An Un-Calibrated Centrifuge

My dad once said to me, "You give a lot of books three stars." I do.

Every Day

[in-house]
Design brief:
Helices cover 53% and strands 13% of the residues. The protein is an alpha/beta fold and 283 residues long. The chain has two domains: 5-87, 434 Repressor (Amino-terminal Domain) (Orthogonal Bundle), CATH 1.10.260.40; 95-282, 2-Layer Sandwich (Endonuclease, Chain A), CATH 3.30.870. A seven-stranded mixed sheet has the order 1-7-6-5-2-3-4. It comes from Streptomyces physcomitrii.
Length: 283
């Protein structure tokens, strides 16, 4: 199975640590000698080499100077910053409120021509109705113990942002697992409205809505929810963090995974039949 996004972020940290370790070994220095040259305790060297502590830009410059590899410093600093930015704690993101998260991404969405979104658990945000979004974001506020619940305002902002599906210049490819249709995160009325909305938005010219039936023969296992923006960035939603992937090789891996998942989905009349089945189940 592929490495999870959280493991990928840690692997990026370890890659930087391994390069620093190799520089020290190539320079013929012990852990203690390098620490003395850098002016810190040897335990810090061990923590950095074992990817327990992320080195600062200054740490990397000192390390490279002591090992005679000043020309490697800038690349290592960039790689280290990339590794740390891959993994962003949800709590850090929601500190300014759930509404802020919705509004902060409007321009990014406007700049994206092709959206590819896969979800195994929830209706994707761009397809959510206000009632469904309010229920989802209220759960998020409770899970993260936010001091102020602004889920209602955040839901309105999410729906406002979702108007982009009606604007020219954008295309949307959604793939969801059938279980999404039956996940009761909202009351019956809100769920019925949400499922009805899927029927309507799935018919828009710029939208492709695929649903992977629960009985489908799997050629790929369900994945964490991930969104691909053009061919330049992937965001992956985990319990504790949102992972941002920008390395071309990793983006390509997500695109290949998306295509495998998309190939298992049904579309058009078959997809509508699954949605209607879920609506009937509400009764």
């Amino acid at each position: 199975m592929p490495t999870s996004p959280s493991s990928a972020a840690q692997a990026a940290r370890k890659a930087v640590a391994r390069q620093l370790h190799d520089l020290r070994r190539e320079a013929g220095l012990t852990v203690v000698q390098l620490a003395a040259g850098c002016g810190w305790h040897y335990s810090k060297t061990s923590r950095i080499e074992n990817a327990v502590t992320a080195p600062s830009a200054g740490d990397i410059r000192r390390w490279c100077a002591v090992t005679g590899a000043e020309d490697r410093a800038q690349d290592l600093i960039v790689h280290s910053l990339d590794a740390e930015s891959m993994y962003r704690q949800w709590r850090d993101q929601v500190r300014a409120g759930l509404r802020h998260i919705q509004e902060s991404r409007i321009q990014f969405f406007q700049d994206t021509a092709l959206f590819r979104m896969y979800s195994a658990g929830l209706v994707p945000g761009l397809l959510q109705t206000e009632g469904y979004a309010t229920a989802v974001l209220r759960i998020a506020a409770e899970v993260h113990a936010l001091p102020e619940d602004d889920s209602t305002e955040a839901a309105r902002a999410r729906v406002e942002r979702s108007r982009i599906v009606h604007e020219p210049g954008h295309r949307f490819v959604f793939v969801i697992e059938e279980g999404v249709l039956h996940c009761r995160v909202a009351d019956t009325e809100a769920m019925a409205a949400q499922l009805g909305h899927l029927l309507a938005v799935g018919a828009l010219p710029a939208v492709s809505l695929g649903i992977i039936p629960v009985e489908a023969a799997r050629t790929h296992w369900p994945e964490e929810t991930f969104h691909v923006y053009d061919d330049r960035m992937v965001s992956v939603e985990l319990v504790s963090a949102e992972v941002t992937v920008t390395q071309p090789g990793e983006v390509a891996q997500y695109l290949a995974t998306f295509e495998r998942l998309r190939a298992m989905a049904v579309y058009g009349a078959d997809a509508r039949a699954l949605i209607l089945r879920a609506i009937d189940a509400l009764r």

Every Day - I have a complicated relationship with this book. Have you ever seen Love Actually? (I promise this story is going somewhere.) The first time I watched Love Actually I spent half the movie hoping that not every story would end with a happily ever after. And when some of the stories ended unhappily I was upset because the wrong stories ended unhappily. That’s how I feel about Every Day. I read the whole novel hoping it wasn’t going where I thought it was going and then when it went a different way I was disappointed because it wasn’t the way I wanted the story to go.The story itself is the weakest part of the novel to me. I don’t particularly like A as a character and it bothered me initially that there is no explanation given for how or why A jumps from life to life. I like the lives that A jumps into and their stories though, and I really like the idea behind the novel. The novel asks some big questions about love and life and identity. While that could come off as cheesy, I enjoyed thinking about the questions as they were raised more than I enjoyed reading the novel itself.The characters in the novel are diverse, which I liked. However, the book seems to have been written about a world that is perfectly accepting of all lifestyles (almost all his characters are treated the same regardless of sexual orientation, race, gender identity, class) unless you’re overweight. Now, I think it’s important to have positive representations of different races/classes/gender identities etc, but I also think it’s important to have realistic representations of all those things. We don’t live in a perfect world, and I wish Levithan had represented more of the real world problems that people encounter.Every Day is very readable (I finished most of it in one day), and I think it’s worth a read. Despite the weak plot and the (mostly) perfect world it takes place in, Every Day made me think a lot more than some other novels I’ve read lately. And that’s never a bad thing.ETA: The scene where A is in the twin football player's body... the second day, I think... and buys a coffee also made me really uncomfortable. It's pretty well established that his family is poor, and that A generally tries to be considerate towards the people A occupies each day. I know coffees don't have to be expensive, but I couldn't stop thinking that the money A spent on that coffee might have been missed by the football player the next day.